IE Zero-Day Watering Hole Attack Expands to Handful of Political Sites

2013-01-03T22:02:00
ID IE-ZERO-DAY-WATERING-HOLE-ATTACK-EXPANDS-HANDFUL-POLITICAL-SITES-010313/77364
Type threatpost
Reporter Michael Mimoso
Modified 2013-05-10T15:49:54

Description

The scope of watering hole attacks utilizing a previously unreported vulnerability in Internet Explorer has widened to as many as four new sites, all of them with politically charged leanings.

The attacks further demonstrate the effectiveness of watering hole attacks compared to phishing attacks for example, which require some advance legwork in order to target victims.

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“The whole point of the waterhole tactic is that they believe such sites, although usually not with high numbers of users, will have interesting visitors,” said Jindrich Kubec, a researcher with Avast Software in the Czech Republic. “Maybe [the attackers] believe that this may be less guarded in an enterprise environment. This only needs passive visitors of the website.”

Kubec said two Chinese human rights sites, a Hong Kong newspaper site and a Russian science site are infected with the Flash exploit of IE8. Luxembourg-based researcher and Metasploit contributor Eric Romang identified one of the Chinese sites as the home of the dissident Uygur Haber Ajanski group. Romang said the site is still hosting the exploit and urges users to stay away.

Romang also said a Taiwanese travel agency Phil-Am Tour, was also hosting the same infected file, but has since been cleaned.

Initial reports of the attack came earlier this week when an attack against the influential Washington, D.C.-based Council on Foreign Relations website was discovered. A malicious Adobe Flash. swf file was discovered on the site and infecting visitors using Internet Explorer 8. IE 6 and 7 also contain the same use-after free memory corruption vulnerability, but the exploit targeted IE 8 users only.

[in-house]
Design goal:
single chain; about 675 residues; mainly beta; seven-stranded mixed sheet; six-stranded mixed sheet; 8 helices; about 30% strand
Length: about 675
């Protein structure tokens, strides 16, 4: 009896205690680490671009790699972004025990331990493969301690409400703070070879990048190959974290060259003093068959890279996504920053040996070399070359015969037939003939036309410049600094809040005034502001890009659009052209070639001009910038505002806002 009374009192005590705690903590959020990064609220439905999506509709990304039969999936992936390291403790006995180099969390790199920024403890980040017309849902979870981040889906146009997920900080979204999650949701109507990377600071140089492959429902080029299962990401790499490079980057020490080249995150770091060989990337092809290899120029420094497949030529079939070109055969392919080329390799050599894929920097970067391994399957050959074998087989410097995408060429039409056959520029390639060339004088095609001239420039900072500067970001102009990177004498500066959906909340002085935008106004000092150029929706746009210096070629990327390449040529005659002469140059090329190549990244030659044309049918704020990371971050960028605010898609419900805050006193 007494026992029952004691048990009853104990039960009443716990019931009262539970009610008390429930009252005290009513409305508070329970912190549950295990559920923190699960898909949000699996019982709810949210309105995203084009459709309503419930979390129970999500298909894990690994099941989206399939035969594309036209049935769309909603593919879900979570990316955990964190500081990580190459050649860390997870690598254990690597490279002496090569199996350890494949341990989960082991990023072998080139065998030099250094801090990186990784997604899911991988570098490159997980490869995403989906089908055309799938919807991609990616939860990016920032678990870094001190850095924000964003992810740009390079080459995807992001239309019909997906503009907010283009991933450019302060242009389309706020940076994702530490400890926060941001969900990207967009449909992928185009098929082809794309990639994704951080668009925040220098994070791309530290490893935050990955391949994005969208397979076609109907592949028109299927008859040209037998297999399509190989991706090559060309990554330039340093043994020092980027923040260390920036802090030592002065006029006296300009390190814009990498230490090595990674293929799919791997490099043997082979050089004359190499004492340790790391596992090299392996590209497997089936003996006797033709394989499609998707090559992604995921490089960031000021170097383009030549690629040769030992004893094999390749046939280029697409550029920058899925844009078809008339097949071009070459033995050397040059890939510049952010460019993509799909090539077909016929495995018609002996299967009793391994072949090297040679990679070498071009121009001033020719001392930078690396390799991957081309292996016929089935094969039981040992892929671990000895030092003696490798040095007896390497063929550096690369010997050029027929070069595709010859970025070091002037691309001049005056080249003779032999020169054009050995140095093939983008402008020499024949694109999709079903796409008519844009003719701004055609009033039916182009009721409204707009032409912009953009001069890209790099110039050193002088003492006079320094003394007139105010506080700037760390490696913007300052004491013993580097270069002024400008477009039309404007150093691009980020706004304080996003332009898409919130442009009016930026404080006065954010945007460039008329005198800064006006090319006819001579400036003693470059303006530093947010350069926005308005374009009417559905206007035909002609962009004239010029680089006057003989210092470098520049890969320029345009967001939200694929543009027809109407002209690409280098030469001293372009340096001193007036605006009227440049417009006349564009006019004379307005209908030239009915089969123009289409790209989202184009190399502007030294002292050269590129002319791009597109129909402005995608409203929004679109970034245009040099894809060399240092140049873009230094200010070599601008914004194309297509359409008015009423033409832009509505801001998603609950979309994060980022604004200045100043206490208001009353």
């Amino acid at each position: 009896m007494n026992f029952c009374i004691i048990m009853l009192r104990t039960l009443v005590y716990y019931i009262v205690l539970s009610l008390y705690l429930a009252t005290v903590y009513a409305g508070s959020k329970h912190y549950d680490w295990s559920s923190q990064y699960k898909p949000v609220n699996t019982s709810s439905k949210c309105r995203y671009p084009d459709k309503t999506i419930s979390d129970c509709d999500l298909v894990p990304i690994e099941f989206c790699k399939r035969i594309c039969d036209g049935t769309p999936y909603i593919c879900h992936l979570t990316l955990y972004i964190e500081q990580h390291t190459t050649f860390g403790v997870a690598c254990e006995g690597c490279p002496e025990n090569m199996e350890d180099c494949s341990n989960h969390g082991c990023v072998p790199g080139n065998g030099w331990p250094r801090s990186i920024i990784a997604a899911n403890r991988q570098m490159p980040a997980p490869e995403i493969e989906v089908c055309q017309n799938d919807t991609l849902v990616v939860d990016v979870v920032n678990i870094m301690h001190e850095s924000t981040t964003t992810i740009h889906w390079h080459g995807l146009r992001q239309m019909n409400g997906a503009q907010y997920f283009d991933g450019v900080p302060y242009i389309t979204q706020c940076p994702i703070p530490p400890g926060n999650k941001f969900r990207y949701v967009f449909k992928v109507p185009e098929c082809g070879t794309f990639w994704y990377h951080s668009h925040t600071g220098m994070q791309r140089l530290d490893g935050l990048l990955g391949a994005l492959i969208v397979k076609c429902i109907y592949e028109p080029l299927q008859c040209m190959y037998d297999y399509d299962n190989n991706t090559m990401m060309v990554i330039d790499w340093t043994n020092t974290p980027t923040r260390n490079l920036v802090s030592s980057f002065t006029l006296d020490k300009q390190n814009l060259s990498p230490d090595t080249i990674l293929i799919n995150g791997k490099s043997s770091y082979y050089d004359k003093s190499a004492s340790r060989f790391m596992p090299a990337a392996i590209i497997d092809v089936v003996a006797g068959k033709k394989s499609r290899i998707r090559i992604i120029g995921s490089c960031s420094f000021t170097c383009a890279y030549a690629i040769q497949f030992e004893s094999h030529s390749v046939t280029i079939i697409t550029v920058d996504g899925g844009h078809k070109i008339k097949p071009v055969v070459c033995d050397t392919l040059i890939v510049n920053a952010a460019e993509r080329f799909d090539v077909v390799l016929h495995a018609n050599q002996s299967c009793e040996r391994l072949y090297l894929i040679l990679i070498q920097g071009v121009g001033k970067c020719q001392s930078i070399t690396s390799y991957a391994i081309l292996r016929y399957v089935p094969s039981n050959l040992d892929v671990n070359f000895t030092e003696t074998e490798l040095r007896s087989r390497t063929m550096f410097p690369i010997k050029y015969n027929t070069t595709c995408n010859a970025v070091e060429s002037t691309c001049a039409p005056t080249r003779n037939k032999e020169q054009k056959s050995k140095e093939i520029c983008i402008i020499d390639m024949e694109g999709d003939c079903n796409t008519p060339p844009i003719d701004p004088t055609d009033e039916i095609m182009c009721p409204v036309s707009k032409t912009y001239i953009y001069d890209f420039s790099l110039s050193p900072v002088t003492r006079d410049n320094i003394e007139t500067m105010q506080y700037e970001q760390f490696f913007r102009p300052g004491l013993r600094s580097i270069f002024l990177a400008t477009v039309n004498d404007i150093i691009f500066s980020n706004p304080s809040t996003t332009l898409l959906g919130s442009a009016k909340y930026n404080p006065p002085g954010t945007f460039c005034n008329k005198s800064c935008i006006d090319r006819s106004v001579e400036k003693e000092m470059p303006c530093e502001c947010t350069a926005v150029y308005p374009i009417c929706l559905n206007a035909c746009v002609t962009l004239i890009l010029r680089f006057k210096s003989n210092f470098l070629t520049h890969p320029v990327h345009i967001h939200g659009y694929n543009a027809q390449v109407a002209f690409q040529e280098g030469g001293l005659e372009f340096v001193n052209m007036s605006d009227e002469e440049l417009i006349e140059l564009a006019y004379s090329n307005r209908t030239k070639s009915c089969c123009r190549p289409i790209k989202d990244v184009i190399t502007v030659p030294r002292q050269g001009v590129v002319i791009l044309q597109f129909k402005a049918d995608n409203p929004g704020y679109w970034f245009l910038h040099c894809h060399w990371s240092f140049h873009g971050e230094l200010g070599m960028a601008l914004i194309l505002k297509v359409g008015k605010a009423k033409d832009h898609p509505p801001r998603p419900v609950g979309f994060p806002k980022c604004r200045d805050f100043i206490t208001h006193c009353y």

The CFR is a foreign-policy resource and numerous public, political figures are listed among its members and directors. Yesterday, Romang also identified Capstone Turbine Corp., an energy microturbine manufacturer as also hosting the exploit on its website. Capstone’s equipment is present in many prominent en energy utilities.

Avast, meanwhile, said two of the infected sites are hosting the same binary with the same configuration, which also matches an attack reported in September against a separate IE zero-day that was attributed to the Nitro gang in China. Those attacks were serving the PlugX and Poison Ivy remote access Trojans. Kubec said Avast’s CommunityIQ threat service reported detections on Dec. 9 on the new sites.

“At least two of the sites use the same spyware binary with exactly same configuration,” Kubec told Threatpost. “The rest look a bit different, but we haven’t investigated it thoroughly yet.”

Microsoft, meanwhile, insists the scope of the attacks are limited because most of its users are on IE9 and IE10 and have moved off the older versions of the browser; Microsoft said it will not have an IE update ready for Tuesday’s upcoming Patch Tuesday security updates. A Fix It was released Monday as a temporary mitigation. Kubec said that 33 percent of Avast’s CommunityIQ users are on Internet Explorer, and 50 percent of them are on IE8 or older.

“One of the reasons for high IE8 numbers may be Microsoft’s decision not to put IE9 to [Windows] XP,” Kubec said.

The CFR compromise brought these attacks to light. Attackers used a malicious Adobe Flash file called today.swf to launch a heap spray attack against IE, overrunning memory and enabling an attacker to remotely execute code on an infected computer. The Javascript hosting the exploit checks first to see if the Windows language is set to either English, Chinese, Japanese, Korean or Russian before executing. It also uses cookies to ensure the attack is delivered only once.

The vulnerability, Microsoft said, occurs in the way IE access an object in memory that has been deleted or not properly allocated. Memory may be corrupted and allow an attacker to execute code with the user’s privileges.